As well, there is a complete lack of wisdom in blurting out this quote in this context. Baha'u'llah said a lot of things, but we have to use wisdom in how and when we share specific quotes by looking at the contingency of a situation and the person we are speaking to.

  • http://intensedebate.com/people/Baquia Baquia

    Farhan, thanks for pointing that out yet another reason why Ruhi is so disasterous. The unnamed authors, whoever they are, put the Writings in their own words and pass it off as the real thing. Why not just let Baha'u'lah's words be as they are?
    As well, there is a complete lack of wisdom in blurting out this quote in this context. Baha'u'llah said a lot of things, but we have to use wisdom in how and when we share specific quotes by looking at the contingency of a situation and the person we are speaking to.

  • pey

    Yes but how do you differentiate? I can read the writings on my own and decide if God is being condescending toward me or not. But when you tell me what Bahaullah is saying- then what? I can't help but assume that you are. And unfortunately many active Bahais in the community (those that are snffing out disloyal ones in their eyes) hide behind quotes in orde to be condescending towards other- in order to shut others up inside the Bahai community.

  • pey

    Yes but how do you differentiate? I can read the writings on my own and decide if God is being condescending toward me or not. But when you tell me what Bahaullah is saying- then what? I can't help but assume that you are. And unfortunately many active Bahais in the community (those that are snffing out disloyal ones in their eyes) hide behind quotes in orde to be condescending towards other- in order to shut others up inside the Bahai community.

  • farhan

    Baquia wrote: Why not just let Baha'u'lah's words be as they are?
    Baquia, we badly needed a curriculum for building up human resources, as a spring board into the original texts; some devoted fellow believers got down to doing it, translated as well as they could and they distributed them without help from you and me. As time goes by and more fellow believers contribute, this curriculum will get better and better.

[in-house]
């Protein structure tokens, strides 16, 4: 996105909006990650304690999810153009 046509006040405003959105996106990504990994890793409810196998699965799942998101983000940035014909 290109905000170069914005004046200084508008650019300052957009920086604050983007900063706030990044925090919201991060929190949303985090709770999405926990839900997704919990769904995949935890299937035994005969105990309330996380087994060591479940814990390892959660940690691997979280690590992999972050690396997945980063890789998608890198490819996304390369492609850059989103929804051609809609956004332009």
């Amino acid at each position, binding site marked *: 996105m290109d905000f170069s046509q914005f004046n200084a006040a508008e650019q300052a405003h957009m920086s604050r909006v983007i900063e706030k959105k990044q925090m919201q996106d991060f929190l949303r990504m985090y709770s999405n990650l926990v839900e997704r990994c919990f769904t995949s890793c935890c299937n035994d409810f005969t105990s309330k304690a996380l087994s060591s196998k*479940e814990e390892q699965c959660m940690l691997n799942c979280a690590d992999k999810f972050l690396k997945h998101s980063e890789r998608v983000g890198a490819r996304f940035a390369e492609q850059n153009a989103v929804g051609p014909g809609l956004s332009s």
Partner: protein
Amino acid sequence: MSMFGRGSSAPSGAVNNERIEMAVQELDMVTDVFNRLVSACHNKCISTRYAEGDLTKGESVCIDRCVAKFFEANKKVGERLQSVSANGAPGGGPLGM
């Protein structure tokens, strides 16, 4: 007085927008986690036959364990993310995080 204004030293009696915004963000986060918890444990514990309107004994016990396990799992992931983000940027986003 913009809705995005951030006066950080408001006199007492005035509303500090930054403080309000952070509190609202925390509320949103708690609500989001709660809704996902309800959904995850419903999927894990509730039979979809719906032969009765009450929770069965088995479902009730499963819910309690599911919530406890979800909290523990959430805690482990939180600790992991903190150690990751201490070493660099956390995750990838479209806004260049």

• http://intensedebate.com/people/farhan farhan

    Baquia wrote: Why not just let Baha'u'lah's words be as they are?
    Baquia, we badly needed a curriculum for building up human resources, as a spring board into the original texts; some devoted fellow believers got down to doing it, translated as well as they could and they distributed them without help from you and me. As time goes by and more fellow believers contribute, this curriculum will get better and better.

  • farhan

    Baquia, the writings need to be provided according to the seeker’s capacity:

    As Baha’u’llah himself writes: "These words are being uttered in due measure, that the newly born may thrive and the tender shoot flourish. Milk must be given in suitable proportion, that the children of the world may attain to the station of maturity and abide in the court of oneness."….The suckling child must be nourished with milk. If it be given meat it will assuredly perish, and this would be naught but sheer injustice and unwisdom. (Tabernacle of Unity 3:32)

  • http://intensedebate.com/people/farhan farhan

    Baquia, the writings need to be provided according to the seeker’s capacity:

    As Baha’u’llah himself writes: "These words are being uttered in due measure, that the newly born may thrive and the tender shoot flourish. Milk must be given in suitable proportion, that the children of the world may attain to the station of maturity and abide in the court of oneness."….The suckling child must be nourished with milk. If it be given meat it will assuredly perish, and this would be naught but sheer injustice and unwisdom. (Tabernacle of Unity 3:32)

  • Craig Parke

    Then with these words why didn't Abdu'l-Baha forgive his brother? And why did Shoghi Effendi ex-communicate both his father and mother and his entire family? Seems to me none of these people practiced what they preached?

  • Craig Parke

    Then with these words why didn't Abdu'l-Baha forgive his brother? And why did Shoghi Effendi ex-communicate both his father and mother and his entire family? Seems to me none of these people practiced what they preached?

  • Craig Parke

    Farhan,

    The Baha'i Faith now consists of people who have to be told by some Institution how to wipe their behinds every day. How many sheets of toilet paper to use. Whether to wipe up or wipe down. How to stand up. How to sit down. How to shake their member correctly when they finish taking a pee. Then they have to go out and teach other people how to do these things the exact right way too. And then they have to go out and recruit other people to teach other people how to do these things the exact right way also It is the ultimate MLM pyramid Amway religion..